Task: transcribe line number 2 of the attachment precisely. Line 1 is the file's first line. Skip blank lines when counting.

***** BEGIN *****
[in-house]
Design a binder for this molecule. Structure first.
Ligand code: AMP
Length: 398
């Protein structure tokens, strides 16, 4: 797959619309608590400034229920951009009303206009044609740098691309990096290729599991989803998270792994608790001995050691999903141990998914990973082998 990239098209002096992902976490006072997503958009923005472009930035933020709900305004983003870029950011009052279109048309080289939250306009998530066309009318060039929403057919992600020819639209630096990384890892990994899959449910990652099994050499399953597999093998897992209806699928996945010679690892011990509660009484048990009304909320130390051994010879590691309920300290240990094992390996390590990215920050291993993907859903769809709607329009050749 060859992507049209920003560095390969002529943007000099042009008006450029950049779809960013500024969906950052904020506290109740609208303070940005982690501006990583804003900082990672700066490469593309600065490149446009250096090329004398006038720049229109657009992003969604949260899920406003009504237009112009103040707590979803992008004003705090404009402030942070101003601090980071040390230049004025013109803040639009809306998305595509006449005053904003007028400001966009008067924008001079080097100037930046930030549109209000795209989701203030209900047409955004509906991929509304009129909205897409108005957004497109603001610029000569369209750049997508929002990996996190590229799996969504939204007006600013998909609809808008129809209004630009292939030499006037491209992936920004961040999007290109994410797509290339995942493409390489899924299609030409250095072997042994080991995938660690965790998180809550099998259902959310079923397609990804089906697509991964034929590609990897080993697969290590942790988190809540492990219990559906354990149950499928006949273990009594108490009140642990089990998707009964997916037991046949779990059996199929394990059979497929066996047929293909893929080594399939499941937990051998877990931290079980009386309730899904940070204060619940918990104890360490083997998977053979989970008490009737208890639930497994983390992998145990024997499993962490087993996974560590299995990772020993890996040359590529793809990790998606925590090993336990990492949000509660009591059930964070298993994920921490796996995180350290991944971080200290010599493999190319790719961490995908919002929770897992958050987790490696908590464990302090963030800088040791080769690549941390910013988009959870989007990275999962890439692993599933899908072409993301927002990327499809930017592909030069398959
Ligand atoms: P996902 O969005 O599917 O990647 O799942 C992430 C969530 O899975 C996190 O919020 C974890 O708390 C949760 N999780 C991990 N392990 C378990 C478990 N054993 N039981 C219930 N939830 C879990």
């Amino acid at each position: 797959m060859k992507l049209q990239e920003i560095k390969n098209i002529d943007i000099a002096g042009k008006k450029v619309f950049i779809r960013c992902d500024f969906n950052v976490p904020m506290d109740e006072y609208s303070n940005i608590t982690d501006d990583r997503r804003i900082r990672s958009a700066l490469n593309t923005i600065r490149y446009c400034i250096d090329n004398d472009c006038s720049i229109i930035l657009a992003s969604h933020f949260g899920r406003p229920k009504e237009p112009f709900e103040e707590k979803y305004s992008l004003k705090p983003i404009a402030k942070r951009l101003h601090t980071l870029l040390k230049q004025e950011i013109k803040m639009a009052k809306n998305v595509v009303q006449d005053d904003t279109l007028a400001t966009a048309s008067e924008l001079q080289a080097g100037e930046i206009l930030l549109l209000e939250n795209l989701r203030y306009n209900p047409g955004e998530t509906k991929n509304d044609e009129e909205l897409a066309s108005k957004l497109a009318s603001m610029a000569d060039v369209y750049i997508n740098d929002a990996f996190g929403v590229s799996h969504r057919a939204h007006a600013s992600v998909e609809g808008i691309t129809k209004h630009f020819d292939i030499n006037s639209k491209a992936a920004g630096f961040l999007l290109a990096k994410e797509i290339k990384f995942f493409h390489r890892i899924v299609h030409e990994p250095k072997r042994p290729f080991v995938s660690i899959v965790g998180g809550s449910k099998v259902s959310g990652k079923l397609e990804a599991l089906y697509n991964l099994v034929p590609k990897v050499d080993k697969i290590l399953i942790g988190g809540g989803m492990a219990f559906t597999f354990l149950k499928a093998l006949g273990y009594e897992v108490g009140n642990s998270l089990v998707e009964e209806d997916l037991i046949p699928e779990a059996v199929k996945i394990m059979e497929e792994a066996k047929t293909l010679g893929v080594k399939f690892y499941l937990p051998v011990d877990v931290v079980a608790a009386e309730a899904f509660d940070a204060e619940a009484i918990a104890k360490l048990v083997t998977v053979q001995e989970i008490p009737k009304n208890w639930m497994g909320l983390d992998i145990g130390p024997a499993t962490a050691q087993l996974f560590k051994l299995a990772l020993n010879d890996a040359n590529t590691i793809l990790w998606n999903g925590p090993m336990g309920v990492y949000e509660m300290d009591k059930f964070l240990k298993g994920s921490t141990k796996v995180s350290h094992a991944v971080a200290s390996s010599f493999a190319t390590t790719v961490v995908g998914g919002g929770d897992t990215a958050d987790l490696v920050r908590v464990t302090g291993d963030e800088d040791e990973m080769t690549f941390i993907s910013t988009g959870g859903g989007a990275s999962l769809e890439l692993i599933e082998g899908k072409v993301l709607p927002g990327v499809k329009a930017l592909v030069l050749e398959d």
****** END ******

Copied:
Design a binder for this molecule. Structure first.